Dear Lifehacker, I’m a die-hard Firefox user, but now that Chrome’s stable release features extension syncing, I’m really frustrated with my reliable little ‘fox. What options do I have if I want to sync my extensions but prefer to stick with Firefox?
Sad About Syncing
Dear Sad Syncer,
We consider extension syncing to be a pretty important part of browser sync, but unfortunately, Mozilla’s default tool for the job, Mozilla Sync, doesn’t sync extensions. We’ve visited the topic a few times before, but this seems like a good time to revisit your options — and make a friendly video walkthrough. So here are your best options:
Option 1: Sync Your Profile Folder Across Computers with Dropbox
For this section, you can either watch the video below (best watched in full screen at 720p) or follow along with the text.
A while back, we detailed how to sync Firefox extensions across computers by syncing your Firefox profile across machines, and we’ve also addressed slightly newer methods. Those guides are a little outdated though, and you’ll likely have a lot more luck using the much beloved file-syncing tool, Dropbox. Assuming you have Dropbox installed on all the computers you’re running Firefox on, you can sync your Firefox profile and extensions in two ways:
- Add your Firefox profile folder (which contains all your extensions, bookmarks and pretty much every other piece of data unique to your individual Firefox installation) to your Dropbox folder.
- Run Firefox Portable from your Dropbox folder.
Either method has its pros and cons. Firefox Portable is the most pain-free option, but it will only work with Windows computers. Syncing your profile folder using Dropbox takes a little more work to set up, but it works across platforms, so I can sync my extensions and profiles between Windows, Mac and Linux computers. Here’s how the setup works:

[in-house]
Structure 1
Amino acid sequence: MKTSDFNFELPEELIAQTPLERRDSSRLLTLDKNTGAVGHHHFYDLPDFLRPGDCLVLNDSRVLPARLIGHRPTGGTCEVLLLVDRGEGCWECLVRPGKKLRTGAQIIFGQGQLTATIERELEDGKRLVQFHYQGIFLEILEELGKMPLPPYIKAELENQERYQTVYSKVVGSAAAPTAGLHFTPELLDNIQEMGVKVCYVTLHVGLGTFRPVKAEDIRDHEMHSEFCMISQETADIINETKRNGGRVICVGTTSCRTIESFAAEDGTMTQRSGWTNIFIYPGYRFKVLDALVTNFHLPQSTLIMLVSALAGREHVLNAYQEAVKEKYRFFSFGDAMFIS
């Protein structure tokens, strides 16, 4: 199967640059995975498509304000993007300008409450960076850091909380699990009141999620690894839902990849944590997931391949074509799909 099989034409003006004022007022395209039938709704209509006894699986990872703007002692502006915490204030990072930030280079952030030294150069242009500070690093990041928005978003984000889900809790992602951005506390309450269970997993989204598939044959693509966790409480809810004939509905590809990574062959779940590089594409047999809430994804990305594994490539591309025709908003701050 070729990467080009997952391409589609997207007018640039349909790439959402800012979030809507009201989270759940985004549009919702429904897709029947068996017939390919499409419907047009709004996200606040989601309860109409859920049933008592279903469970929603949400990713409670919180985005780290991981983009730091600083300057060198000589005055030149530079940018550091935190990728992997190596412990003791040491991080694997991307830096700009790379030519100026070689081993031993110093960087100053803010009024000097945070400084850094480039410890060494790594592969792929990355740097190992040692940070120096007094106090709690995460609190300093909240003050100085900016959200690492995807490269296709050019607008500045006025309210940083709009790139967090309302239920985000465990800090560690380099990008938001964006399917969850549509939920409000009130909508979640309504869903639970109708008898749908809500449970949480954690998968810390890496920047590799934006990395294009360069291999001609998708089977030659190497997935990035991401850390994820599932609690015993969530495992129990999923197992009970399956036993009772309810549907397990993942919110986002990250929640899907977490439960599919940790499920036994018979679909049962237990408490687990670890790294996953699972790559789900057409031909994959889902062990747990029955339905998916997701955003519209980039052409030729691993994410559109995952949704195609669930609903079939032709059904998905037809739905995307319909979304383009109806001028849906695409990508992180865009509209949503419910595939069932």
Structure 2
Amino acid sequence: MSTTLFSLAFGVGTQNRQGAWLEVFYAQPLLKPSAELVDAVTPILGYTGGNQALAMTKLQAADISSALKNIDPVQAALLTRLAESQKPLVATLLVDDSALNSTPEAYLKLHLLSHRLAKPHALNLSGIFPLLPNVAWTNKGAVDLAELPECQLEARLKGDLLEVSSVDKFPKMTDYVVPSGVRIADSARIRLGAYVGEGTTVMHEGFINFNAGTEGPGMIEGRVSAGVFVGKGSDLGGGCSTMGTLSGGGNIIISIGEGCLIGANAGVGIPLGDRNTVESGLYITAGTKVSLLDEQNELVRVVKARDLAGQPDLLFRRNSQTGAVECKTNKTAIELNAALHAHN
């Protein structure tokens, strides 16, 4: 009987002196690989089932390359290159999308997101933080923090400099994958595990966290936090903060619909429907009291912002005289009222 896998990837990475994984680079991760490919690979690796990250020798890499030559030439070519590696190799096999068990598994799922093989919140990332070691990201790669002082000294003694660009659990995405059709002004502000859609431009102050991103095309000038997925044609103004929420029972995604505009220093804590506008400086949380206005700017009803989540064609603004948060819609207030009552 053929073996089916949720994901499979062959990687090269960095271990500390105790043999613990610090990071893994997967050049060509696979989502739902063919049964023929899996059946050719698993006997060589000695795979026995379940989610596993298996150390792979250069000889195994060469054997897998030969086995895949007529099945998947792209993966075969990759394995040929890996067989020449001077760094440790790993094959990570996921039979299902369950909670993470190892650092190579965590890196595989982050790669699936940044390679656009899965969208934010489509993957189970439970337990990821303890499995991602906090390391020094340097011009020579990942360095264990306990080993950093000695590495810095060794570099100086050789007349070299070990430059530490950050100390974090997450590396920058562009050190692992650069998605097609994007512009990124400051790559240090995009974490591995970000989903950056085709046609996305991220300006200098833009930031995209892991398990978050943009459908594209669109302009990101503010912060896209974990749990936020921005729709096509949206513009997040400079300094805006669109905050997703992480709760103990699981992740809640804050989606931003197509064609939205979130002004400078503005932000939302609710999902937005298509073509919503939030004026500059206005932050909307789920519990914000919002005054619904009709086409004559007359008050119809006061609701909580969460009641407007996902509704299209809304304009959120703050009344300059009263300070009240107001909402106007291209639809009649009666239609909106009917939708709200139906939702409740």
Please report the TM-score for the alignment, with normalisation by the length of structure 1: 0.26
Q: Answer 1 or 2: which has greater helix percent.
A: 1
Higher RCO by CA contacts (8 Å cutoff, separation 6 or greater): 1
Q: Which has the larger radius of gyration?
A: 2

To sync Firefox Portable:
Step Two: There is no step two. Assuming you’ve got Dropbox installed on all the computers you want to use your synced Firefox installation on, you’re good to go.
To sync your Firefox profile folder across platforms:
Step One: Open Firefox’s Profile Manager and create a new profile. If you’re on a Windows machine, just type Win+R, then paste firefox.exe -p into the Run box and hit Enter. On OS X, I’ve always found the easiest way to use Profile Manger is just to install the ProfileSwitcher extension. (In fact, if you’re using multiple Firefox profiles for more productive browsing, it’s a must-have extension.)
Step Two: Once you’ve opened Profile Manager, click the Create Profile button, give your profile a name (I chose Synced Firefox), then click the Choose Folder button. Point it toward any folder inside your Dropbox folder (I went with something like DropboxSyncingSynced Firefox, but anything you choose will do. Once you’re done, click Finish.
Step Three: Now you’ve got one Firefox profile syncing to your Dropbox folder. After you’ve let it finish syncing all the files to the Dropbox server, your next step is to set up new profiles on your other systems that point back to the same folder in your Dropbox account. So fire up Profile Manager on the computer(s) you want to sync with and run through steps one and two on those.
The good: Now any extension you add to one Firefox installation will automatically sync to your other installs. And since you’re syncing your entire Firefox profile folder, you’re also syncing everything else — like browser sessions, history, bookmarks and everything else that lives in your Firefox profile folder.
The bad: This method works really well, but you may occasionally run into hiccups and sync conflicts if you have multiple synced browsers running at the same time. You’ll have better luck if you close Firefox on one machine before opening it on another.
Option 2: Set Up Pseudo-Syncing with the Add-on Collector
Mozilla’s Add-on Collector is a Firefox extension that allows you to create collections of extensions available on the official Firefox Add-ons site. It works like this:
The good: Add-on Collector will automatically check your collection for new add-ons and display notifications when you’ve got “unsynced” extensions; it also rounds them all up in one place so you can quickly install them without having to hunt them down.
The bad: Unfortunately you still have to manually install each extension.
Hope that helps!
P.S. Got a method for syncing extensions that works for you? Share it in the comments.